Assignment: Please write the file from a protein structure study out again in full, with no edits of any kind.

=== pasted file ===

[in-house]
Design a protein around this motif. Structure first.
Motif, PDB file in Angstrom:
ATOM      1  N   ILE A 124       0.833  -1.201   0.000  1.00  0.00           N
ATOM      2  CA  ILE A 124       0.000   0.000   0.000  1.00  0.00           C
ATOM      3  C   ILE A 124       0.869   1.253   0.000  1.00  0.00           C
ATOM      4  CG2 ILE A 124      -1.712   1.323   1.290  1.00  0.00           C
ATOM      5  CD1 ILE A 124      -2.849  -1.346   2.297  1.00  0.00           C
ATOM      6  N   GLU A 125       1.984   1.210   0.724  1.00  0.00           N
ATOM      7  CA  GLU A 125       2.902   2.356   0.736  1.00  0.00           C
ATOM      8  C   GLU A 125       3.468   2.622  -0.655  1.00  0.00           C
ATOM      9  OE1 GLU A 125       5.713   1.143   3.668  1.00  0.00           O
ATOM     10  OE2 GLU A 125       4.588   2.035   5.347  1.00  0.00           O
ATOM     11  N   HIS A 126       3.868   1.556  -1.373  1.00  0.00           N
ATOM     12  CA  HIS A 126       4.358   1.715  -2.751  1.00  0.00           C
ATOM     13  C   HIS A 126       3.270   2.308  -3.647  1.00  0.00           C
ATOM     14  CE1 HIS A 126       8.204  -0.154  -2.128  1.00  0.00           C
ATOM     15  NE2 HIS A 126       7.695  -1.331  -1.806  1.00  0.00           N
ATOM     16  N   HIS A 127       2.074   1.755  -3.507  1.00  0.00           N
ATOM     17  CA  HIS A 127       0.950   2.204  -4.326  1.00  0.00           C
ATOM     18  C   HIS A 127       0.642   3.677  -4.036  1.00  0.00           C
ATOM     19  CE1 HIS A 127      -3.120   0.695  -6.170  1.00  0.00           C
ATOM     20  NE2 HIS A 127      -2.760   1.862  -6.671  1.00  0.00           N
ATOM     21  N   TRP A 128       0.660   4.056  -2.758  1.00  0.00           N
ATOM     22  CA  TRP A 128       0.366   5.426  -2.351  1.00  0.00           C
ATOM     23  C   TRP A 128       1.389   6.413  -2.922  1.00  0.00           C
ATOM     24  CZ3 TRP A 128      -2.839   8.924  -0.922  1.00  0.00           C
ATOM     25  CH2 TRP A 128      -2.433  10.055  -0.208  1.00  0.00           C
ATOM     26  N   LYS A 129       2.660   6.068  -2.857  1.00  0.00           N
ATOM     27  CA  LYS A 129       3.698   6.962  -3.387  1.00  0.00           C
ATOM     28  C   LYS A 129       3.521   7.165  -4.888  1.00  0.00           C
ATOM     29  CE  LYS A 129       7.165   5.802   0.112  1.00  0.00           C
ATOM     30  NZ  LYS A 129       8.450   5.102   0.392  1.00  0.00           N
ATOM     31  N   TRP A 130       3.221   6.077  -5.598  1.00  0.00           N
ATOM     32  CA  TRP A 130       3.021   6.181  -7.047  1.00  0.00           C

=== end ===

[in-house]
Design a protein around this motif. Structure first.
Motif, PDB file in Angstrom:
ATOM      1  N   ILE A 124       0.833  -1.201   0.000  1.00  0.00           N
ATOM      2  CA  ILE A 124       0.000   0.000   0.000  1.00  0.00           C
ATOM      3  C   ILE A 124       0.869   1.253   0.000  1.00  0.00           C
ATOM      4  CG2 ILE A 124      -1.712   1.323   1.290  1.00  0.00           C
ATOM      5  CD1 ILE A 124      -2.849  -1.346   2.297  1.00  0.00           C
ATOM      6  N   GLU A 125       1.984   1.210   0.724  1.00  0.00           N
ATOM      7  CA  GLU A 125       2.902   2.356   0.736  1.00  0.00           C
ATOM      8  C   GLU A 125       3.468   2.622  -0.655  1.00  0.00           C
ATOM      9  OE1 GLU A 125       5.713   1.143   3.668  1.00  0.00           O
ATOM     10  OE2 GLU A 125       4.588   2.035   5.347  1.00  0.00           O
ATOM     11  N   HIS A 126       3.868   1.556  -1.373  1.00  0.00           N
ATOM     12  CA  HIS A 126       4.358   1.715  -2.751  1.00  0.00           C
ATOM     13  C   HIS A 126       3.270   2.308  -3.647  1.00  0.00           C
ATOM     14  CE1 HIS A 126       8.204  -0.154  -2.128  1.00  0.00           C
ATOM     15  NE2 HIS A 126       7.695  -1.331  -1.806  1.00  0.00           N
ATOM     16  N   HIS A 127       2.074   1.755  -3.507  1.00  0.00           N
ATOM     17  CA  HIS A 127       0.950   2.204  -4.326  1.00  0.00           C
ATOM     18  C   HIS A 127       0.642   3.677  -4.036  1.00  0.00           C
ATOM     19  CE1 HIS A 127      -3.120   0.695  -6.170  1.00  0.00           C
ATOM     20  NE2 HIS A 127      -2.760   1.862  -6.671  1.00  0.00           N
ATOM     21  N   TRP A 128       0.660   4.056  -2.758  1.00  0.00           N
ATOM     22  CA  TRP A 128       0.366   5.426  -2.351  1.00  0.00           C
ATOM     23  C   TRP A 128       1.389   6.413  -2.922  1.00  0.00           C
ATOM     24  CZ3 TRP A 128      -2.839   8.924  -0.922  1.00  0.00           C
ATOM     25  CH2 TRP A 128      -2.433  10.055  -0.208  1.00  0.00           C
ATOM     26  N   LYS A 129       2.660   6.068  -2.857  1.00  0.00           N
ATOM     27  CA  LYS A 129       3.698   6.962  -3.387  1.00  0.00           C
ATOM     28  C   LYS A 129       3.521   7.165  -4.888  1.00  0.00           C
ATOM     29  CE  LYS A 129       7.165   5.802   0.112  1.00  0.00           C
ATOM     30  NZ  LYS A 129       8.450   5.102   0.392  1.00  0.00           N
ATOM     31  N   TRP A 130       3.221   6.077  -5.598  1.00  0.00           N
ATOM     32  CA  TRP A 130       3.021   6.181  -7.047  1.00  0.00           C